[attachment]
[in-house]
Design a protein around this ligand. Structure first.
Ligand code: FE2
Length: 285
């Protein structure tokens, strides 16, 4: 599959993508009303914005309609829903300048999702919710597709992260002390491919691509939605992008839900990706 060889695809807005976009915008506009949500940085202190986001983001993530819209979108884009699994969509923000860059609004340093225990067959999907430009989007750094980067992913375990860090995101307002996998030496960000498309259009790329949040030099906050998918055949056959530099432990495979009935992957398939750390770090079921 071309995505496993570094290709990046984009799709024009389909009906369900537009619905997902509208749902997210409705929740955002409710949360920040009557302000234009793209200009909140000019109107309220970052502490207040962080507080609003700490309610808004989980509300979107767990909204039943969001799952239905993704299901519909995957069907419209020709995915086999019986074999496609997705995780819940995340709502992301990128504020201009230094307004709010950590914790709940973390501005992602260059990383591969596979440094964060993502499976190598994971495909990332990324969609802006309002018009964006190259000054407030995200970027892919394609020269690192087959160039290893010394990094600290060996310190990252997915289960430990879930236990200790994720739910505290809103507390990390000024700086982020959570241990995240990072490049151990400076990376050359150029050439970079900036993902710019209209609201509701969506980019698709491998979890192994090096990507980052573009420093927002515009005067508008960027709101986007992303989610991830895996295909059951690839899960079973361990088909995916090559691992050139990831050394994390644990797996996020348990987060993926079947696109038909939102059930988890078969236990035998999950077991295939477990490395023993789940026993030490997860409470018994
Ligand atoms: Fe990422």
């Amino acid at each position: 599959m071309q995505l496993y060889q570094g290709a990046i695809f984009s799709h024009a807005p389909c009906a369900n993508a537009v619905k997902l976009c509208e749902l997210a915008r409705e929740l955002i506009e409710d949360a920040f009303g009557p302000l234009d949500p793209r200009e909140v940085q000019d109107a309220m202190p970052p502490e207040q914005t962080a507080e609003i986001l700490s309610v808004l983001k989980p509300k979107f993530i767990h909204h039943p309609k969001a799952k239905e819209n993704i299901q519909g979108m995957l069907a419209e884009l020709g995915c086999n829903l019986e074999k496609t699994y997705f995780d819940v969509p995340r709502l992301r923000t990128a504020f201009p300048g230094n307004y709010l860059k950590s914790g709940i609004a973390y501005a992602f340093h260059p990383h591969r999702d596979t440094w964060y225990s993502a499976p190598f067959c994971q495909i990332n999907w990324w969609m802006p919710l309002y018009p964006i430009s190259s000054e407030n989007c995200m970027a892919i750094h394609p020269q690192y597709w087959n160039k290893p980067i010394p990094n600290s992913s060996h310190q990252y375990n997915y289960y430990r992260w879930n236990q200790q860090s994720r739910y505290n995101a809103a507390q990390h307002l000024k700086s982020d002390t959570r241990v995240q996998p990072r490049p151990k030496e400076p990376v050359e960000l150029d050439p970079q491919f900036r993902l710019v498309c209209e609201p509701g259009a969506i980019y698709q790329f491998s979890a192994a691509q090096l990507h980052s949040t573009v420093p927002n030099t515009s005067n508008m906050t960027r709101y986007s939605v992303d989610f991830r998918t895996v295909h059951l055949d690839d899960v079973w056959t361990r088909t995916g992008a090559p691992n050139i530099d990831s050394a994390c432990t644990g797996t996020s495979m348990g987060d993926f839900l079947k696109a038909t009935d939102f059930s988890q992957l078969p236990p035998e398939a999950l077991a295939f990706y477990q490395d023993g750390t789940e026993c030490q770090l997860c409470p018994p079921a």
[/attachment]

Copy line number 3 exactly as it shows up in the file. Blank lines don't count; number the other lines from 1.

Ligand code: FE2